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Police & Fire News

April 8, 2014

Charlestown under Code Red: City leaders look to increase safety

City County approves purchasing access to Code Red, a web-based system

CHARLESTOWN — Public safety in Charlestown is going digital.

The Charlestown City County voted Monday to approve purchasing access to Code Red, a web-based system that can alert residents of area emergencies within seconds. Code Red sends out the notifications to landlines, cell phones, computers and other digital devices. Alerts can quickly be sent through email and text messages.

The implementation of Code Red in Charlestown comes with a $4,100 annual price tag. Its approval was reached through a unanimous vote from the city council and with the blessing of Charlestown Police Chief Keith McDonald. He believes the community will benefit from the use of Code Red by area leaders and first responders.

“It’s all about keeping our citizens safe,” he said. “I think it is great for the community because there is so much we can do with it.”

McDonald said area residents can receive notifications of inclement weather, water leaks, gas leaks, hazardous material spills, Amber Alerts and drinking-water advisories.

“This is a great resource that we can turn to to get that information out as quickly as possible and keep our citizens safe, and that is our ultimate goal,” he said.

McDonald said officials from area police departments in Clarksville and Louisville have reported their satisfaction with the program after Code Red was implemented in those communities.

Code Red does more than allow residents to get rapid notification of possibly dangerous situations, however. The program also allows city administrators to share news of all sorts, such as announcing upcoming holiday festivals or congratulating a local sports team.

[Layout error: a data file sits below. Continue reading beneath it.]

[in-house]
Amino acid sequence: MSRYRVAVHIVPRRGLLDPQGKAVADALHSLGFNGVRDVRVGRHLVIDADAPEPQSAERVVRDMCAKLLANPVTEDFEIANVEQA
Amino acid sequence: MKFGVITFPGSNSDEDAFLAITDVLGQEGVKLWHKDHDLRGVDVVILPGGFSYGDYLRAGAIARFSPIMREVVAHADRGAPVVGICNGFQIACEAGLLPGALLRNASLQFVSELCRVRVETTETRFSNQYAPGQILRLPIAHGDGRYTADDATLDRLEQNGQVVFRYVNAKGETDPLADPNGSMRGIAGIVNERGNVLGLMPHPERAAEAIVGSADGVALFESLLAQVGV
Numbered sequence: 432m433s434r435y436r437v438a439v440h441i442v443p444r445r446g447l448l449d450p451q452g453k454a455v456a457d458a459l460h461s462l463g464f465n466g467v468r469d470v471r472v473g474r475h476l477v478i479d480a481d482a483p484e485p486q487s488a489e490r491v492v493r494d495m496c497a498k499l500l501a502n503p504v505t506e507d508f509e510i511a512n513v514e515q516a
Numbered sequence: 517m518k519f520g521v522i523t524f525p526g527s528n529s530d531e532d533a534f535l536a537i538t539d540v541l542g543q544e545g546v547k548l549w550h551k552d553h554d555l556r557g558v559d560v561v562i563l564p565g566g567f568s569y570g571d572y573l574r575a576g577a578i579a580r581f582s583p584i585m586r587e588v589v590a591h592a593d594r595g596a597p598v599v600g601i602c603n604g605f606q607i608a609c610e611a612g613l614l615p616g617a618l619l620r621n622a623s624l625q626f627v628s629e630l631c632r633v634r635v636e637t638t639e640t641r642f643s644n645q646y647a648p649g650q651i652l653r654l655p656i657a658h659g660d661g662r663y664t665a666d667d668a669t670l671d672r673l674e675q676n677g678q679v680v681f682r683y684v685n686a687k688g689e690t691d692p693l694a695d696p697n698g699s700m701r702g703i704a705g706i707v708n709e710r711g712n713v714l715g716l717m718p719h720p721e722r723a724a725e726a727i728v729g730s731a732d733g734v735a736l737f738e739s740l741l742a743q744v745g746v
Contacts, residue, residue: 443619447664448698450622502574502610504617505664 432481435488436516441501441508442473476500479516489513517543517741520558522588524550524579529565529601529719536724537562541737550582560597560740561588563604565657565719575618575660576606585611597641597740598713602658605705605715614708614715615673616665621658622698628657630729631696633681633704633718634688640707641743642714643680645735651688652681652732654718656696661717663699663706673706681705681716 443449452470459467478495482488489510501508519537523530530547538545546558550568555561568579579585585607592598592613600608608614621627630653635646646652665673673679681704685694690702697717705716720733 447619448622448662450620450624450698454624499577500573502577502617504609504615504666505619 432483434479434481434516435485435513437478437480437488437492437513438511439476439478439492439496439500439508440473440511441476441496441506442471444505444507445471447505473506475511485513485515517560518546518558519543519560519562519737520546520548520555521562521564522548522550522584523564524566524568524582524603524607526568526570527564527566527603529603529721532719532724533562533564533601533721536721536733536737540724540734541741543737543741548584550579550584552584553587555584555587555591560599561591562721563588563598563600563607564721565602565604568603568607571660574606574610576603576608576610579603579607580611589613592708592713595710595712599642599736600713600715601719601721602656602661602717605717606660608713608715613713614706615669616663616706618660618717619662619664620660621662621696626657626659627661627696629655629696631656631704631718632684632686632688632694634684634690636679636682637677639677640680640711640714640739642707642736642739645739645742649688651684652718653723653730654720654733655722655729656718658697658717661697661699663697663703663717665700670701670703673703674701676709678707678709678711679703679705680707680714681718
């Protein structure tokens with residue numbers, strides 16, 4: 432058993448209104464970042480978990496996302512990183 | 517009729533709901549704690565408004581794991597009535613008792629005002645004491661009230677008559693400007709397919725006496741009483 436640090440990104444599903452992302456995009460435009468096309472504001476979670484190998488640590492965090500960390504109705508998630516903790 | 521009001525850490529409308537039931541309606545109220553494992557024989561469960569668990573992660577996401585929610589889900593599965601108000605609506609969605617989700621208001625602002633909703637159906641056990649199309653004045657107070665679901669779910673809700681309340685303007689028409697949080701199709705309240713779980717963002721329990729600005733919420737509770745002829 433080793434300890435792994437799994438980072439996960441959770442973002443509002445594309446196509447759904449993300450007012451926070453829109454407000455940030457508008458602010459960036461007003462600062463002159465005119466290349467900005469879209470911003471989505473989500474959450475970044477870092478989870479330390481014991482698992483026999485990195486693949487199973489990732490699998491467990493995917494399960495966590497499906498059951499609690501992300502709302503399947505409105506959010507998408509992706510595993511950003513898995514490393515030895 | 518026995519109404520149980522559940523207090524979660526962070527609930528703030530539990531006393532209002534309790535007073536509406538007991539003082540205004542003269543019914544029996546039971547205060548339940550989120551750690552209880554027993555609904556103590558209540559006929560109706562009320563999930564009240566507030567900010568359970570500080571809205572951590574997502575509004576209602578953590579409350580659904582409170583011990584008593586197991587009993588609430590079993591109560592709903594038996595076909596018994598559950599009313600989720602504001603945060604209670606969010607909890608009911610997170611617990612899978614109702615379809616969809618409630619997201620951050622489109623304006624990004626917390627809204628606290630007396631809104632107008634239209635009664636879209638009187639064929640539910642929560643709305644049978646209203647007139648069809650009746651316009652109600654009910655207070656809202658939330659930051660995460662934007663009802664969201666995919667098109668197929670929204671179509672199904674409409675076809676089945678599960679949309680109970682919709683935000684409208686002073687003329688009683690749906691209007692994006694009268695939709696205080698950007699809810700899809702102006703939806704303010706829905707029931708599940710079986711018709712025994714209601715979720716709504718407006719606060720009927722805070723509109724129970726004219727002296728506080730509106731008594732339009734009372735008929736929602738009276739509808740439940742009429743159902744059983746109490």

Charlestown Mayor Bob Hall said he’s anticipating Code Red to be in effect for the city within the month.

Charlestown and Emergency Communications Network, the company that provides the Code Red services, are expected to enter a contract in two weeks, after which city leaders will receive training to operate the system.

Colleen Bresnahan, of ECN, gave a presentation of Code Red’s functions and services during the city council meeting. Shea said the company will provide Charlestown with a selection of phone numbers taken from phone books, and “multiple billing sources” to pad its original contact list. Others in Charlestown who want to receive Code Red notifications must opt themselves in on the city’s website or other sources.

The city will have the option to create groups of recipients to receive various, specialized notifications, and those who sign into the system can customize what type of alerts they wish to receive.


The city council also approved an ordinance to regulate flood hazard areas.

“If we adopt this [ordinance] then the people of Charlestown qualify for federally subsidized flood insurance,” said the city’s attorney Mike Gillenwater. “So, this is, actually, benefiting to the people.”

Gillenwater explained the ordinance was preceded by other regulations, and the new ordinance keeps Charlestown in compliance with updated flood maps.

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